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The book’s first sentence is: "While I was rummaging under the hood of my car with a flashlight, a man came up to me, stopped and asked me if I was a foreigner". When Wienenberg confirms that he is, the man appeals to him: "Dear comrade, (…) you are a foreigner, compared to us, you are omnipotent, you have the opportunity to leave this dungeon. Tell the world what they are doing to us! Europe must help us! (…) Do not leave here until you promise me that you will shout about it!" And he answers: "Yes, I promise you: here is my hand!" Of course, that's not how people talked on Kharkiv streets in the winter of 1933. But that's not important.

Candy wrappers

What is important is the more than one hundred photos taken by Wienerberger. In the postcard-sized gray pictures you can see children -- village children who somehow were able to crawl into Kharkiv and can be seen squatting on a pile of crushed stones by the roadside, homeless and dazed. They have forgotten their names and villages. All they can remember is the feeling of satiety they once had a long time ago. In a busy street, under the rustling leaves of an orchard, the bodies of the dead lie by the wooden fence. This fence is put together so neatly and accurately, its planks – so evenly spaced -- as if someone was measuring the distances between them for coffins. But we know there were no coffins. The corpses were forked over onto waste removal carts.

There is a photo of such a cart, with rocking pairs of bare heels. Another shows corpses in oversized clothes, scattered on a clean Kharkiv street like giant wrappers of the brittle candies Comrade Stalin [the Soviet political leader from 1924 to 1953] was so fond of. Yet another photo is of an elegant, mass-produced signboard that has been nailed to a tree trunk. Its very factual inscription reads: "It is categorically forbidden to organize funerals in this place" ("Zdies' kategoriczeski wosprieszczajetsja proizwodit' pochorony").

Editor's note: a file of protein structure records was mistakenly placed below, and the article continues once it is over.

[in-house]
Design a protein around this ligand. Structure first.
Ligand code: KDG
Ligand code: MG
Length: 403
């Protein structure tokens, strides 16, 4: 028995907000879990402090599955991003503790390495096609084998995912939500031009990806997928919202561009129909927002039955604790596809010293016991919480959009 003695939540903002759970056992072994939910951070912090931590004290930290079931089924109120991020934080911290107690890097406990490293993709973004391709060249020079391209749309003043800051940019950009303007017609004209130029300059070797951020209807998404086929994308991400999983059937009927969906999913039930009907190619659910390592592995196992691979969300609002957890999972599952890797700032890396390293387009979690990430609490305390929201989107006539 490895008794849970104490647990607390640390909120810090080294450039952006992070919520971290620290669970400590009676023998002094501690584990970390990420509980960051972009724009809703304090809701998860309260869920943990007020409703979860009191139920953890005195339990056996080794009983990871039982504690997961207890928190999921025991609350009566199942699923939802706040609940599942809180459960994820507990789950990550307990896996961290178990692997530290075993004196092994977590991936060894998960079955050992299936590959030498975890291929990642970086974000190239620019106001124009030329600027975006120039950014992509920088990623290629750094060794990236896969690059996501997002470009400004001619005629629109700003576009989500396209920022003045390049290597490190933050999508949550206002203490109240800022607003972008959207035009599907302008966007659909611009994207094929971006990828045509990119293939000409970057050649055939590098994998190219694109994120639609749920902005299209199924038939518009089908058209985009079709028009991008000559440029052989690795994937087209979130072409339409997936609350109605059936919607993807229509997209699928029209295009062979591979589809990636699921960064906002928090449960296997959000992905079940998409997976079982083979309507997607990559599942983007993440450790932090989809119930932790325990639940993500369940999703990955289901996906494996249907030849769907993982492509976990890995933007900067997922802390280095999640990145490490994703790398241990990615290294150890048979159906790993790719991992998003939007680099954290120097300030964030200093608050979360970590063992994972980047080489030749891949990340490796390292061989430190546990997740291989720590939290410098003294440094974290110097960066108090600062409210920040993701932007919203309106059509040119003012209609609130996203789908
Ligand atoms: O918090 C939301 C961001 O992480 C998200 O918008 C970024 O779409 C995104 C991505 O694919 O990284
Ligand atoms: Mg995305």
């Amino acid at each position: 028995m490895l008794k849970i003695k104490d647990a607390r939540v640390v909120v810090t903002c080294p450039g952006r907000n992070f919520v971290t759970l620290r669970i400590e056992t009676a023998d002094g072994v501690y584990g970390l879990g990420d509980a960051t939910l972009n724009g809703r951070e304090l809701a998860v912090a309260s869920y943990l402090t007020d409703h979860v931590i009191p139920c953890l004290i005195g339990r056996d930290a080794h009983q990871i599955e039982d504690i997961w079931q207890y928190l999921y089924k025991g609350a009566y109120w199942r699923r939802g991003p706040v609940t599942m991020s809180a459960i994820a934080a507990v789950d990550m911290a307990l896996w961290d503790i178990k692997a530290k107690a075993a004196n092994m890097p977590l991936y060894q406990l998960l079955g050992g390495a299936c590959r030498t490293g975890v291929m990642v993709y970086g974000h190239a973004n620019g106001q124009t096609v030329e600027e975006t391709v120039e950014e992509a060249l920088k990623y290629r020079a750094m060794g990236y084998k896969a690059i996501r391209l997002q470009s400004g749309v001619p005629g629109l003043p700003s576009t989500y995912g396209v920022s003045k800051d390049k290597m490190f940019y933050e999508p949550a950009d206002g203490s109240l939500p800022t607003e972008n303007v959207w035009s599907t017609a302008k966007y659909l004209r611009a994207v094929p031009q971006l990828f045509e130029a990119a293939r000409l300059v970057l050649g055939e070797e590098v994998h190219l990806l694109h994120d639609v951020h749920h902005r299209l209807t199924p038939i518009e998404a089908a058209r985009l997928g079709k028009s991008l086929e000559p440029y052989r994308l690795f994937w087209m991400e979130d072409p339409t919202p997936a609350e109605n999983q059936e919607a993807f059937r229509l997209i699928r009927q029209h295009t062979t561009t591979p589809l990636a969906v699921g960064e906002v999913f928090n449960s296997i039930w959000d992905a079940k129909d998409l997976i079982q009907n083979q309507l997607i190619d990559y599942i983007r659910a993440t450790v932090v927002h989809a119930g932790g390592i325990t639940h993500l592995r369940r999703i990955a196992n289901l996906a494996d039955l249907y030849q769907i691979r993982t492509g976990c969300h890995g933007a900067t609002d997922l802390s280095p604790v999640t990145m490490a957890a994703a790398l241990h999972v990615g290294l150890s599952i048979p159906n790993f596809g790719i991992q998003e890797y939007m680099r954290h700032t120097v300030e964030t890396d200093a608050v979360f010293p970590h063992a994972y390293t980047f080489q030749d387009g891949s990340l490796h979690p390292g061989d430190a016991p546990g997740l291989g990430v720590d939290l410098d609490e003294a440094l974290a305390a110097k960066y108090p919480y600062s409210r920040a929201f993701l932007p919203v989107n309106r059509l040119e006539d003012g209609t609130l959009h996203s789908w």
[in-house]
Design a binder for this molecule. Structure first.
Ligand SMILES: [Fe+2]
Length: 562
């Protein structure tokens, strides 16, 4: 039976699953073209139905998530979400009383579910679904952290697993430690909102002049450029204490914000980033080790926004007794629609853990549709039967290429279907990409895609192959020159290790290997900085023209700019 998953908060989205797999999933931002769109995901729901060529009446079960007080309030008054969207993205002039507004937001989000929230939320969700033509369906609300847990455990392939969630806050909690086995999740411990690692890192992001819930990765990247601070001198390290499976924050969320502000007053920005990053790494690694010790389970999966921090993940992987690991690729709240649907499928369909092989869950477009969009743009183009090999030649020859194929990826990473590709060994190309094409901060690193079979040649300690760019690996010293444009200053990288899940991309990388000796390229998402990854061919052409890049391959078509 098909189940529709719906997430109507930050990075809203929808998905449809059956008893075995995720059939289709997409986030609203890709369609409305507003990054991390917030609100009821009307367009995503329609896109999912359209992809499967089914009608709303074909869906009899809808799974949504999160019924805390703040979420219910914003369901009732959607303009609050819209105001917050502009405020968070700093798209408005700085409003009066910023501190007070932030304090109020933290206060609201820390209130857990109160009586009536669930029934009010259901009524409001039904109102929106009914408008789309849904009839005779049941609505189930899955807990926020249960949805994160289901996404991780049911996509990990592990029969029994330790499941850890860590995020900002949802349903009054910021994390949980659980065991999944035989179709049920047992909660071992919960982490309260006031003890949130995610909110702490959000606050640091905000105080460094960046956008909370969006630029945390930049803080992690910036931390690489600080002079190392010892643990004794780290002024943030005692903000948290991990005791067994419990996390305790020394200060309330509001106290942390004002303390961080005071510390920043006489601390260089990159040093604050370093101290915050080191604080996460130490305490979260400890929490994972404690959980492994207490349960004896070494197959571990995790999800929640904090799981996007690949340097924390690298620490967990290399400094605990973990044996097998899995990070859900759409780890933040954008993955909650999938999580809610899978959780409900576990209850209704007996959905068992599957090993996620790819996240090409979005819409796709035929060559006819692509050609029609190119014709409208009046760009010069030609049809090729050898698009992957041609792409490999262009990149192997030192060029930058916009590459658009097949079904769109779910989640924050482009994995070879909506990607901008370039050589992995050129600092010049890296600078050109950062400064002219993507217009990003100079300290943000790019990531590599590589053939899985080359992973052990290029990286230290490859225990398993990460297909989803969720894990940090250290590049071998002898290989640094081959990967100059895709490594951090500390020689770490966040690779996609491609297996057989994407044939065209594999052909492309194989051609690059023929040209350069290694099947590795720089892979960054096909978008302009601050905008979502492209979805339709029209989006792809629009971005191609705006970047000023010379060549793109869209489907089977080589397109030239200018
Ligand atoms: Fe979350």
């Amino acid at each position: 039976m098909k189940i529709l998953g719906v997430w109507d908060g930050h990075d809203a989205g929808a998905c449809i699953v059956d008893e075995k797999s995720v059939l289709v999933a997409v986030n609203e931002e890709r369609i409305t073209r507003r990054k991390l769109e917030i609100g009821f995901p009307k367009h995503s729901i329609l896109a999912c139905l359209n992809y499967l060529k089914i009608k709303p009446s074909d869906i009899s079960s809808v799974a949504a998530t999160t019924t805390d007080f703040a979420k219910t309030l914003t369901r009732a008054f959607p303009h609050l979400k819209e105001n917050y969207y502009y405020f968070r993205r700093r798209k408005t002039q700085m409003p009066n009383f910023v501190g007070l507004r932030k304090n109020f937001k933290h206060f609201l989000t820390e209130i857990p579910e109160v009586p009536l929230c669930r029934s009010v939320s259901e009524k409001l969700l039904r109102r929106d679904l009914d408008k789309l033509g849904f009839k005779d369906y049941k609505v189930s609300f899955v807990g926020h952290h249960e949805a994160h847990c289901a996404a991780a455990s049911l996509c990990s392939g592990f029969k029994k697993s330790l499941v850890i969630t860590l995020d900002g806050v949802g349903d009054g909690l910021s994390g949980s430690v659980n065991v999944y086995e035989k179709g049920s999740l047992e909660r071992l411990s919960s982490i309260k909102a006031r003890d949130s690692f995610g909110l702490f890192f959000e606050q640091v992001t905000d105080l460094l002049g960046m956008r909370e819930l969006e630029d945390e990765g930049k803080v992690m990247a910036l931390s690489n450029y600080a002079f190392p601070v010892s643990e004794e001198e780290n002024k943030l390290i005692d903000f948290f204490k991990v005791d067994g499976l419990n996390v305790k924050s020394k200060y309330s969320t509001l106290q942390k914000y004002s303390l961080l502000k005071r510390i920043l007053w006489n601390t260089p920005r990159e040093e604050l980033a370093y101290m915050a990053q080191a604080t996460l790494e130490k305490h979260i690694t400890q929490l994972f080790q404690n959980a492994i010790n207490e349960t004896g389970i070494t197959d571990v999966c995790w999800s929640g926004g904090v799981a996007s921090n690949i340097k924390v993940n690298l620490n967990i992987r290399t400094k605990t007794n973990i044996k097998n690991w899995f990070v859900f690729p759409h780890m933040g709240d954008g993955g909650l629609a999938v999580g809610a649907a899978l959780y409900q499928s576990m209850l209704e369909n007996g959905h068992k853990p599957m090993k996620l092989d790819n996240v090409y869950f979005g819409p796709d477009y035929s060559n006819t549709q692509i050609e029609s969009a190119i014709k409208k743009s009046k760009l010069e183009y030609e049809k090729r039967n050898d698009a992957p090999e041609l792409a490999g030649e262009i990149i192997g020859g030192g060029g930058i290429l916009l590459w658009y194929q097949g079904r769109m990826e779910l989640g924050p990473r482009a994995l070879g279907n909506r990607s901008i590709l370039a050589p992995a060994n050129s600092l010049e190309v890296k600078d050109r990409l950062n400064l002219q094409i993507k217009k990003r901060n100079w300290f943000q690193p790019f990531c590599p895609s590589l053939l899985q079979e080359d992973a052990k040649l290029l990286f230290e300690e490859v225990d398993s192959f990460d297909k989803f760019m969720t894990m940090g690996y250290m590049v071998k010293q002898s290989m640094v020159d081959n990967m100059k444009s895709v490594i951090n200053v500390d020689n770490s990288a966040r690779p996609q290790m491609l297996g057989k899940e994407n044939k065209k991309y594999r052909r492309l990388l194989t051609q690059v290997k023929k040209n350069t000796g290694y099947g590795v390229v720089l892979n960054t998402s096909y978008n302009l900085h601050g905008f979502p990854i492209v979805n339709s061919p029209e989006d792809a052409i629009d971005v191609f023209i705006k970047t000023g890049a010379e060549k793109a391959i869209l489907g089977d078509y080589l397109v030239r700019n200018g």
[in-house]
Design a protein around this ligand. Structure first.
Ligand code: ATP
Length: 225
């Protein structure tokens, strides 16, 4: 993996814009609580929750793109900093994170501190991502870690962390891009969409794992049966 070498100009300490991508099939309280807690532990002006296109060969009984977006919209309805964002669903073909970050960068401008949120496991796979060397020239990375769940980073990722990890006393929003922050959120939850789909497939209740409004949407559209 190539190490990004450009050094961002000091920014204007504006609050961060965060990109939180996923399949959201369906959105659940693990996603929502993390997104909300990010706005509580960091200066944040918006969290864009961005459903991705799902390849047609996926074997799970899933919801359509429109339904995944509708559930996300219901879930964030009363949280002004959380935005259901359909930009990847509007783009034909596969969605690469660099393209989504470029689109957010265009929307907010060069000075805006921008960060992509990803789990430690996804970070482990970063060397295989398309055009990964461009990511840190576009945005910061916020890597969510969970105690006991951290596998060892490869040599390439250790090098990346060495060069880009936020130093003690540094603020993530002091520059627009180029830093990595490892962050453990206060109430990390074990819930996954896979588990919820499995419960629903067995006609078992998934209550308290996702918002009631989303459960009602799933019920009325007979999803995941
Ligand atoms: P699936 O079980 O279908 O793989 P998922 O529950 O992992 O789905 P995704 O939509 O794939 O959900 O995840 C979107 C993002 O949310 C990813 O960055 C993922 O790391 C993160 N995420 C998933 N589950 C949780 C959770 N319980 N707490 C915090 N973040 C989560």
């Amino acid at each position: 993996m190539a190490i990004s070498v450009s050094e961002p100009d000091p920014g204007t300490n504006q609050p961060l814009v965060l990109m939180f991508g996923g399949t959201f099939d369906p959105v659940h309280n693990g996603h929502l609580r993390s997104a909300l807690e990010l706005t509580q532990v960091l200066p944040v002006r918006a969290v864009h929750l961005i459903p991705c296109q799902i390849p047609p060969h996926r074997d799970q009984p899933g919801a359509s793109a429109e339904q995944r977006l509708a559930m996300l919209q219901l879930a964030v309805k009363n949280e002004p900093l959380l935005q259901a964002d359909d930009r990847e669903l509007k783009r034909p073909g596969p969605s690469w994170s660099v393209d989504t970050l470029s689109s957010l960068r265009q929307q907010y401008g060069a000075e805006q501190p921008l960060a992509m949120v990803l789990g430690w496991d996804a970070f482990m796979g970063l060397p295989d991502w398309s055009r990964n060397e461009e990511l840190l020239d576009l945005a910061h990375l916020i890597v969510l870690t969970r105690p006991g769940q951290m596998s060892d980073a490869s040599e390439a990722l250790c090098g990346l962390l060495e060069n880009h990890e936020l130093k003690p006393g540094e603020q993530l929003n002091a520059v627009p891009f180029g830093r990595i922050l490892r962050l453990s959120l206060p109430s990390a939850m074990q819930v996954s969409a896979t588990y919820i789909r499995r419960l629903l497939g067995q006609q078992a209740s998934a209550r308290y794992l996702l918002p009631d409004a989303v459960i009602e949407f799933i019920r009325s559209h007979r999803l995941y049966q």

The monochromatic nature of the pre-war photos presents a problem, making it impossible to ascertain when a particular photo was taken, to determine, for example, whether the whiteness in the background is a blooming blackthorn or a series of snow caps. Perhaps it is just that "On a black track falls / Shadow of the broken apple tree."

And we have to contend with issues not just about the photos, but also about Wienerberger.

The photos were probably smuggled to the West in the Austrian or German diplomatic pouch. The engineer, along with his wife and daughter, was allowed to go to Austria in 1934. There he quickly handed the photos over to Cardinal Theodor Innitzer [Archbishop of Vienna]. Thanks to his close associate, Dr. Ewald Ammende, the coordinator of Catholic aid missions during the famine in the Volga region in 1921, Innitzer was able to show the Kharkiv photos to the Secretariat of the League of Nations.

This proved to be one of the earliest testimonies about the Holodomor to fall into the hands of Western politicians. A month later, a photo-illustrated brochure entitled "The Truth about Russia" ("Rußland, wie es wirklich ist") was published by the Fatherland Front [Vaterländische Front, the Austrian right-wing conservative and nationalist political organisation, established in 1933 by the Christian Social Chancellor Engelbert Dollfuss]. A year later, the pictures were published in a separate propaganda publication "Must Russia Starve?" by Dr. Ammende. Yet again, the name of the photographer was not revealed.

Alexander Wienerberger was not a Nazi. In 1938, on the eve of the Anschluss, he sent his family to Great Britain. An anti-communist, he adopted a crude version of anti-communist ideology that happened to be one of the most prevalent among the European Right of the 1930s and widely popularized through the propaganda of the Third Reich. In this version, the creators, executors and beneficiaries of Soviet communism were almost exclusively Jews and Bolshevism was represented as nothing more than a "Jewish conspiracy".

What Walter Durranty didn't do